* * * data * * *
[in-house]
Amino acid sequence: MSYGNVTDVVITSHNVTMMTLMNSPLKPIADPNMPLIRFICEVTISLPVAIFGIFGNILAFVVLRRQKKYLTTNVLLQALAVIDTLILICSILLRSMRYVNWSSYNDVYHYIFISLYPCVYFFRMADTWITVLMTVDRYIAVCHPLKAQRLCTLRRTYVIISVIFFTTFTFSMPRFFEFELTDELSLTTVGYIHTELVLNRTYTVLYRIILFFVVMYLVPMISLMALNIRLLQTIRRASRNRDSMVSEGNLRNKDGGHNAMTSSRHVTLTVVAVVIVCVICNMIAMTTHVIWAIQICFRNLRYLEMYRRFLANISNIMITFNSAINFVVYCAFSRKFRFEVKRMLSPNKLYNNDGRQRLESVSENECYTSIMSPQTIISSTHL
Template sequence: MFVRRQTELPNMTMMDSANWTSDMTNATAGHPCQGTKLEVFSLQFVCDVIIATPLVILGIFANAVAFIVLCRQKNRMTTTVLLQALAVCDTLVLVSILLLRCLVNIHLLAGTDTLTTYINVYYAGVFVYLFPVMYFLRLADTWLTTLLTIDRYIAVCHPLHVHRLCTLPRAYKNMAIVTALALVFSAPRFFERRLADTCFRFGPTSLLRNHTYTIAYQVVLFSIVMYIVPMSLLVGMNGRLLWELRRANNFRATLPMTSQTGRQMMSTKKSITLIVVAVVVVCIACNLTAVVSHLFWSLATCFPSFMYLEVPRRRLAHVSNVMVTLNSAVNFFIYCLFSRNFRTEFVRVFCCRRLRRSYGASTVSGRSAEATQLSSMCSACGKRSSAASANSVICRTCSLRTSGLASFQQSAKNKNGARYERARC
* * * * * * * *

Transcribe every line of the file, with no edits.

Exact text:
[in-house]
Amino acid sequence: MSYGNVTDVVITSHNVTMMTLMNSPLKPIADPNMPLIRFICEVTISLPVAIFGIFGNILAFVVLRRQKKYLTTNVLLQALAVIDTLILICSILLRSMRYVNWSSYNDVYHYIFISLYPCVYFFRMADTWITVLMTVDRYIAVCHPLKAQRLCTLRRTYVIISVIFFTTFTFSMPRFFEFELTDELSLTTVGYIHTELVLNRTYTVLYRIILFFVVMYLVPMISLMALNIRLLQTIRRASRNRDSMVSEGNLRNKDGGHNAMTSSRHVTLTVVAVVIVCVICNMIAMTTHVIWAIQICFRNLRYLEMYRRFLANISNIMITFNSAINFVVYCAFSRKFRFEVKRMLSPNKLYNNDGRQRLESVSENECYTSIMSPQTIISSTHL
Template sequence: MFVRRQTELPNMTMMDSANWTSDMTNATAGHPCQGTKLEVFSLQFVCDVIIATPLVILGIFANAVAFIVLCRQKNRMTTTVLLQALAVCDTLVLVSILLLRCLVNIHLLAGTDTLTTYINVYYAGVFVYLFPVMYFLRLADTWLTTLLTIDRYIAVCHPLHVHRLCTLPRAYKNMAIVTALALVFSAPRFFERRLADTCFRFGPTSLLRNHTYTIAYQVVLFSIVMYIVPMSLLVGMNGRLLWELRRANNFRATLPMTSQTGRQMMSTKKSITLIVVAVVVVCIACNLTAVVSHLFWSLATCFPSFMYLEVPRRRLAHVSNVMVTLNSAVNFFIYCLFSRNFRTEFVRVFCCRRLRRSYGASTVSGRSAEATQLSSMCSACGKRSSAASANSVICRTCSLRTSGLASFQQSAKNKNGARYERARC